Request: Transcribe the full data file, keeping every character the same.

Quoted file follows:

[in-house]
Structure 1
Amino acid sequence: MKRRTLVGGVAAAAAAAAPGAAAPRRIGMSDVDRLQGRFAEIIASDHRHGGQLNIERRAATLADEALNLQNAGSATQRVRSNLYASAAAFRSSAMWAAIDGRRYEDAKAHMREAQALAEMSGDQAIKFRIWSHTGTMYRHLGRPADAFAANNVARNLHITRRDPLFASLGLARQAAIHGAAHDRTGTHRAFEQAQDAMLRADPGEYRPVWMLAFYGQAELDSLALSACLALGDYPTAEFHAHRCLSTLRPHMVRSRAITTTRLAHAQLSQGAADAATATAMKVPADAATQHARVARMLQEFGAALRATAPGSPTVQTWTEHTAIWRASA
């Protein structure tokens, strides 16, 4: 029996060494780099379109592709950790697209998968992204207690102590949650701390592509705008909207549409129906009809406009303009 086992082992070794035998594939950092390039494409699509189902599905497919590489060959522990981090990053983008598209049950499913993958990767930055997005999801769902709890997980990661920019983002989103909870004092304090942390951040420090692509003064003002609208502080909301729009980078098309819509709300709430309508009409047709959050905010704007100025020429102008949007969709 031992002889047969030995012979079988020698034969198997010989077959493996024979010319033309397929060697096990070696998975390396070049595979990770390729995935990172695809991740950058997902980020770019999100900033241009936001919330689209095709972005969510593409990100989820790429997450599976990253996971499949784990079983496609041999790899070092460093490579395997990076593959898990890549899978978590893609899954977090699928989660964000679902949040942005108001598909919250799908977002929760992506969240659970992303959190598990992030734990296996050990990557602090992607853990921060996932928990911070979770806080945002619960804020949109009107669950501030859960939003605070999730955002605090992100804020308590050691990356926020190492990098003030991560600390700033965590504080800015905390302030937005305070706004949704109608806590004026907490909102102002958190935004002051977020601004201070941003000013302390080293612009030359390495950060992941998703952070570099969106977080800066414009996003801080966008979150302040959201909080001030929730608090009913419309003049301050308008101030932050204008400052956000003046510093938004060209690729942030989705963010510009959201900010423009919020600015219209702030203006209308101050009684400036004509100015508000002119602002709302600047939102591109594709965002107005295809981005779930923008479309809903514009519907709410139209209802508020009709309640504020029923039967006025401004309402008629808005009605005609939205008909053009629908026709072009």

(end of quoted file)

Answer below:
[in-house]
Structure 1
Amino acid sequence: MKRRTLVGGVAAAAAAAAPGAAAPRRIGMSDVDRLQGRFAEIIASDHRHGGQLNIERRAATLADEALNLQNAGSATQRVRSNLYASAAAFRSSAMWAAIDGRRYEDAKAHMREAQALAEMSGDQAIKFRIWSHTGTMYRHLGRPADAFAANNVARNLHITRRDPLFASLGLARQAAIHGAAHDRTGTHRAFEQAQDAMLRADPGEYRPVWMLAFYGQAELDSLALSACLALGDYPTAEFHAHRCLSTLRPHMVRSRAITTTRLAHAQLSQGAADAATATAMKVPADAATQHARVARMLQEFGAALRATAPGSPTVQTWTEHTAIWRASA
């Protein structure tokens, strides 16, 4: 029996060494780099379109592709950790697209998968992204207690102590949650701390592509705008909207549409129906009809406009303009 086992082992070794035998594939950092390039494409699509189902599905497919590489060959522990981090990053983008598209049950499913993958990767930055997005999801769902709890997980990661920019983002989103909870004092304090942390951040420090692509003064003002609208502080909301729009980078098309819509709300709430309508009409047709959050905010704007100025020429102008949007969709 031992002889047969030995012979079988020698034969198997010989077959493996024979010319033309397929060697096990070696998975390396070049595979990770390729995935990172695809991740950058997902980020770019999100900033241009936001919330689209095709972005969510593409990100989820790429997450599976990253996971499949784990079983496609041999790899070092460093490579395997990076593959898990890549899978978590893609899954977090699928989660964000679902949040942005108001598909919250799908977002929760992506969240659970992303959190598990992030734990296996050990990557602090992607853990921060996932928990911070979770806080945002619960804020949109009107669950501030859960939003605070999730955002605090992100804020308590050691990356926020190492990098003030991560600390700033965590504080800015905390302030937005305070706004949704109608806590004026907490909102102002958190935004002051977020601004201070941003000013302390080293612009030359390495950060992941998703952070570099969106977080800066414009996003801080966008979150302040959201909080001030929730608090009913419309003049301050308008101030932050204008400052956000003046510093938004060209690729942030989705963010510009959201900010423009919020600015219209702030203006209308101050009684400036004509100015508000002119602002709302600047939102591109594709965002107005295809981005779930923008479309809903514009519907709410139209209802508020009709309640504020029923039967006025401004309402008629808005009605005609939205008909053009629908026709072009």